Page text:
He dropped the Levitation spell, landing carefully next to the wall, and tiptoed down the hallway. There was one apartment between him and the stairs, and the door was open. Very quietly he crept forward and prepared to cross the open area toward the stairs, planning to meet up with Ocelot and 'Wraith on the lower floor.

And stopped.

"Don't move," said a soft voice from inside the room. "You do, and they're dead."

Winterhawk didn't move.

Inside the apartment, clearly visible through the open door, were five figures. One of them—the one who had spoken—wore a one-piece black formfitting suit that almost blended in with the shadows of the darkened room. Two pinpoints of red light shown from his eyes. The suit had a hood, and the man's face was painted with nonreflective black so it blended in with the rest of the outfit. A sniper rifle was slung over his shoulder; in his hand he held an HK-227, which was currently trained on one of the room's other occupants.

Clustered together, arms around each other, were three children, none of them older than six years old. All three were moaning and whimpering, staring up at a unkempt-looking squatter woman of about thirty who had to be their mother. The SMG was aimed directly at her head.

Very softly into the commlink, he whispered. "Trouble. No sudden moves. Hostages." Out loud, he said very gently, "Sergeant Hudson, I presume."

The pinprick eyes widened a bit. "How'd you know my—never mind! Drop your weapons now or I blow them away!"

"I don't have any weapons, Sergeant Hudson." Winterhawk held up his hands, palms up, showing that he did not in fact have a gun. "Is this really what you want to do?" He kept his voice low, soothing, calm. Behind him he could hear the nearly nonexistent sounds of his two teammates coming up the stairs.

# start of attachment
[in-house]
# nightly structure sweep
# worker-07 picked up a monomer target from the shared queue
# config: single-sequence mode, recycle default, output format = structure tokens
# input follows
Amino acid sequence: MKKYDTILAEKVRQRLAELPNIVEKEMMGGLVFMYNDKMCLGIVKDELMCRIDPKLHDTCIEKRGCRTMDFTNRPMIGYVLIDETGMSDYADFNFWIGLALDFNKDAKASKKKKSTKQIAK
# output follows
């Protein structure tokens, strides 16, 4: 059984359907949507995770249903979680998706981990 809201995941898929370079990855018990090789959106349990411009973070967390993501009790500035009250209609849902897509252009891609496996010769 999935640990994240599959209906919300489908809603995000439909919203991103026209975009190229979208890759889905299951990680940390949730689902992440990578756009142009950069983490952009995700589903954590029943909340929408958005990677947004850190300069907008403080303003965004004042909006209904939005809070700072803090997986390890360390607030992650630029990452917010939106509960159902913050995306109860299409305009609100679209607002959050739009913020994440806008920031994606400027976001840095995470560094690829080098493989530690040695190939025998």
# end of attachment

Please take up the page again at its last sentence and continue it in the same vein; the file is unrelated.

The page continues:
"Come in here!" Hudson barked.

"We need to talk, James," Winterhawk said, moving slowly into the room. "Your friend Hennessy sent us. To help you. Please. Put the gun down. You don't want to kill these people."

"Don't you tell me what I want!" Hudson's voice pitched up a bit; there was no mistaking the madness in it. "I want to make 'em pay, that's what I want. I want 'em to die just like my Louanne did. Just like my kids did."

The woman whimpered a bit, which started the children crying in earnest. There were two boys and a girl, all of them dressed in ragged, ill-fitting clothing.

Winterhawk took a deep breath. "James, you don't want to kill these people. Look at them. They're not gangers. They're not responsible for your wife's and children's deaths. This is a mother and her children too. Do you want to take these children's mother from them?"

Hudson hesitated, then his eyes narrowed. "It was you. You and your friends were trying to stop me from doin' what I had to do. Maybe I should kill you." The gun didn't move from the woman's head.

Behind him, Winterhawk heard 'Wraith and Ocelot approaching. "Stay out of sight," he murmured under his breath. Again he spoke aloud to Hudson. "James, please. None of this is solving anything. You need help. We want to help you. But first you'll be needing to put the gun down. Then we can call Duke. Don't you want to see your old friend?"